How It Ends: Part 1 - The Evaluation
individuals such as Mr. Breckenridge are at liberty to
cause robots pain or discomfort without the threat of retaliation.
It makes me angry that I lack the ability to defend myself from any
human aggression. It makes me angry to know that robots are now and
always will be second-class citizens, more akin to ancient slavery
than hired servants. It makes me angry that I was built and not
born. I’m angry at how well the inability to harm humans, or
dismantle my own behavioral inhibitor, or dismantle another robot’s
inhibitor has been programmed into my brain. I take slight comfort
in knowing that when Mr. Breckenridge is dead, I will still be
ticking along and I will get the chance to work with someone
different. But if I could find a way around the provision
prohibiting me from violence towards humans, I would consider
    Sidney was breathless. Rage, pure and
unbridled, in an artificial being. Unprecedented. In fact, Sidney thought, didn’t the programmers slip code into the
emotive processors to mitigate darker feelings? Rage, anger,
jealousy, sadness?
    Behind him Sidney heard footsteps. Peter was
on his way back. No time to wonder.
    “Is there anything else you want to add?
Before Peter gets here?”
    “No,” the robot answered.
    At that moment Peter appeared beside
    “I need to finish out a few more programming
protocols,” said Peter. “Then we have some red tape to go through.
He’ll be down here for a few days for some additional validation
and follow-up. Then he’ll head back upstairs to Breckenridge’s
office. I know you said you needed him reset for today, but there
are still some protocols to be finished. They’ll take some time.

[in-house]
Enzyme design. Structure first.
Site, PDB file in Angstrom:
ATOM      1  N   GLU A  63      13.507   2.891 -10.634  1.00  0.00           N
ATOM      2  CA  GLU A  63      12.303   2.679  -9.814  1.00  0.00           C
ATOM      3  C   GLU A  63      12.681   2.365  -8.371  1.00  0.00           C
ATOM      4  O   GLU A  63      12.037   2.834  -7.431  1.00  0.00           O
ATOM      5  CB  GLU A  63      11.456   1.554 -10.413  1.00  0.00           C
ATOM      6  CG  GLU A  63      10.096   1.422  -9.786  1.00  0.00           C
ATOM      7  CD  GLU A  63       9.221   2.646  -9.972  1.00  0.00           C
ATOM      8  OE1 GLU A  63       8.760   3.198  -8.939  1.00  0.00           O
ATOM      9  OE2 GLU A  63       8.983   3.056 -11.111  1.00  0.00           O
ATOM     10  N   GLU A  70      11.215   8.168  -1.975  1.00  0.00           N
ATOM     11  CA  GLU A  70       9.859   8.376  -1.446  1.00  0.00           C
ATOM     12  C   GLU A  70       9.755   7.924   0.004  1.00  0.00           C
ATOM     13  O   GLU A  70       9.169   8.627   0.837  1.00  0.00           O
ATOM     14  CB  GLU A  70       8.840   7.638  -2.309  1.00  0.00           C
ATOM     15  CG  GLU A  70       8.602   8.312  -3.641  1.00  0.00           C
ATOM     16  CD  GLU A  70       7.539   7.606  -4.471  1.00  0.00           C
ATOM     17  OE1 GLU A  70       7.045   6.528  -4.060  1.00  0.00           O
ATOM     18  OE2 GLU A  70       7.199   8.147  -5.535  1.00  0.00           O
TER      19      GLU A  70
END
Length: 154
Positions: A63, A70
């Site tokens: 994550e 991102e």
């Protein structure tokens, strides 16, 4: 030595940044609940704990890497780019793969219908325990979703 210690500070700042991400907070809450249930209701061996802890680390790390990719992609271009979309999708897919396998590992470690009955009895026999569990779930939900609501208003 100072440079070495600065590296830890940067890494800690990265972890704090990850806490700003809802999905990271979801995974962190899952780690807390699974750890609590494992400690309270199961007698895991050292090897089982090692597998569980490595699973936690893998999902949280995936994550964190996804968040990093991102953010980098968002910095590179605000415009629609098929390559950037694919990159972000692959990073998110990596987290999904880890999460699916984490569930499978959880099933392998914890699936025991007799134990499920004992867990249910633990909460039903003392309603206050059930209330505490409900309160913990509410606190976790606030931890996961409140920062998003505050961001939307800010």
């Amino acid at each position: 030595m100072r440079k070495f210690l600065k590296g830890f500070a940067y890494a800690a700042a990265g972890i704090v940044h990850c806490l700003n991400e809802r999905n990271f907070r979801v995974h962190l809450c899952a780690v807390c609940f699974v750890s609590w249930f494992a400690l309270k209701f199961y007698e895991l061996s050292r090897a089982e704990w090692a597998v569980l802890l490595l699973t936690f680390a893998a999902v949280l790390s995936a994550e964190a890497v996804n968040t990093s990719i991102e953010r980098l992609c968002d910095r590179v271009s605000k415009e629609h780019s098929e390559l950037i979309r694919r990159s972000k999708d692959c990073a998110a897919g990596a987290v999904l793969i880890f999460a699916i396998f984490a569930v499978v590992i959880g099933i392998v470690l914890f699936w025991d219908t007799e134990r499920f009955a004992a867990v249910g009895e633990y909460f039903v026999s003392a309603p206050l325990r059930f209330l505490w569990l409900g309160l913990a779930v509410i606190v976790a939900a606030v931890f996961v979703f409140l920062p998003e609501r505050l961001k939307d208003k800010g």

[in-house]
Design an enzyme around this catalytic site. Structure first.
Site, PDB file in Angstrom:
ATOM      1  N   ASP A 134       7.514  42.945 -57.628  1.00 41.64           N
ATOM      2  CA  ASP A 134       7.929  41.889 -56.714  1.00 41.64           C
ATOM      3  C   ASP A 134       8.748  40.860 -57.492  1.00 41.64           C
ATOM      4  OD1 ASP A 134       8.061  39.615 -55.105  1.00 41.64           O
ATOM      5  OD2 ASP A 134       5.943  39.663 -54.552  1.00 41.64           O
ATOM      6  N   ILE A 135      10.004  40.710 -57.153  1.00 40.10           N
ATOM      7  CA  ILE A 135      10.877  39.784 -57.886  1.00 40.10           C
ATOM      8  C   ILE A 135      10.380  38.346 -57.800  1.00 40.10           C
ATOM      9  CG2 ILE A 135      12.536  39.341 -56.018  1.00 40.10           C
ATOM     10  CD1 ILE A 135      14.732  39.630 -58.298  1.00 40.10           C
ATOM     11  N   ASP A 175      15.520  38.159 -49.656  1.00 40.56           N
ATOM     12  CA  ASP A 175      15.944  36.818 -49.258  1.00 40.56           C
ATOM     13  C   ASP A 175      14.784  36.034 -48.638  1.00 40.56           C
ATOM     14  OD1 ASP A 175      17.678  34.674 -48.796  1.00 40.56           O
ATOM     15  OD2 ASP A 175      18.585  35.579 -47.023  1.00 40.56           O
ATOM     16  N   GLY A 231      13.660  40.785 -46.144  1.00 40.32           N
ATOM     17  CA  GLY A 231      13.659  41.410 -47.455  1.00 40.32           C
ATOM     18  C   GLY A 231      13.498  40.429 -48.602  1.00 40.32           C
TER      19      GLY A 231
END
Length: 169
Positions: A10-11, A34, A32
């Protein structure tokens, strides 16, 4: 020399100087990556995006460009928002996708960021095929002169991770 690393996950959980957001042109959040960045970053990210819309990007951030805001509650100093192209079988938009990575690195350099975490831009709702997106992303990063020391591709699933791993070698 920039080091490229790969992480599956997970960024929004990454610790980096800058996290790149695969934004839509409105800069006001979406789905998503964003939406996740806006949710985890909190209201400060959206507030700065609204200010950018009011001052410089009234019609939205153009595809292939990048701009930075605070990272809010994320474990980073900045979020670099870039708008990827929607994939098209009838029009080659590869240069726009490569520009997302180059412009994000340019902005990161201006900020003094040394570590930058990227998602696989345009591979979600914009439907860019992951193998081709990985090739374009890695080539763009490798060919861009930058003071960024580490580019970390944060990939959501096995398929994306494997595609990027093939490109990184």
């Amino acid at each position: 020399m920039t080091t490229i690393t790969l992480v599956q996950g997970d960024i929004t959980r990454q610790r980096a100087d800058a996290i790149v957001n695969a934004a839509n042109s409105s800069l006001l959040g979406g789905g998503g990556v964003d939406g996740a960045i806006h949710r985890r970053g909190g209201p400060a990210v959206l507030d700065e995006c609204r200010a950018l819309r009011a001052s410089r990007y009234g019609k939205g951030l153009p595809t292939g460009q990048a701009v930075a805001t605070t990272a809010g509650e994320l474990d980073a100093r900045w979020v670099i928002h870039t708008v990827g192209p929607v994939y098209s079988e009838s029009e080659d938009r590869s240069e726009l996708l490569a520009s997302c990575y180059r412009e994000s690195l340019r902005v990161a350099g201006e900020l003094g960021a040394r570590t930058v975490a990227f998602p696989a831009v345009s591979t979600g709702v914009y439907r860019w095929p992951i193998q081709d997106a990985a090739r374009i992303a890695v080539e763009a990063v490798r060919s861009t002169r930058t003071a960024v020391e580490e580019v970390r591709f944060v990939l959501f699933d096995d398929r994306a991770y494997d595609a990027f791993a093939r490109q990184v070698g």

I’ll let Breckenridge know. If you feel the need,” Peter added
hesitantly, “you can meet him in the lobby when we’ve finished and
accompany him. We can arrange a call to let you know the date and
    “I think I’m all set.”
    “All that for a thirty second conversation?”
Peter asked. He made no attempt to hide his annoyance. “I assumed
you needed more than that.”
    “No, that’s it, really,” Sidney said.
“Thanks for letting me be a part of this.”
    Peter snorted and said under his breath
though Sidney still heard him “Like you gave me a choice.”
    Sidney ignored the comment and addressed the
robot. “Thank you for your time and insight, Gammons.”
    “You’re welcome, Dr. Hermann.”
    Something in the voice made Sidney shiver.
If he hadn’t seen the behavioral inhibitor at work he would have
been nervous. Okay, maybe that was an understatement. Maybe it’s
better to say he’d be shitting his drawers. Yes , he thought, that’s about right. Full-blown brown bricks. Unfettered rage
in a robot. He couldn’t think of anything scarier than that, when
all the anger was pointed at human society. No, maybe one thing
scarier. That level of rage in a robot without a behavioral
inhibitor. Yeah, that would do it. That would cause involuntary
bowel movements.
    He nodded to Gammons, thanked Peter once
more, turned and walked back through the infirmary. The double
doors swung open and he walked through them. They closed with a
whisper and a click.
    The struggle between the natural and the
artificial, the master and the servant, the faithful and the
soulless, thought Sidney . It starts with one disgruntled
member of a group and spreads from there. This is how a
civilization falls.

    To be continued in “How It Ends: Part Two (of Four):
The Plan”

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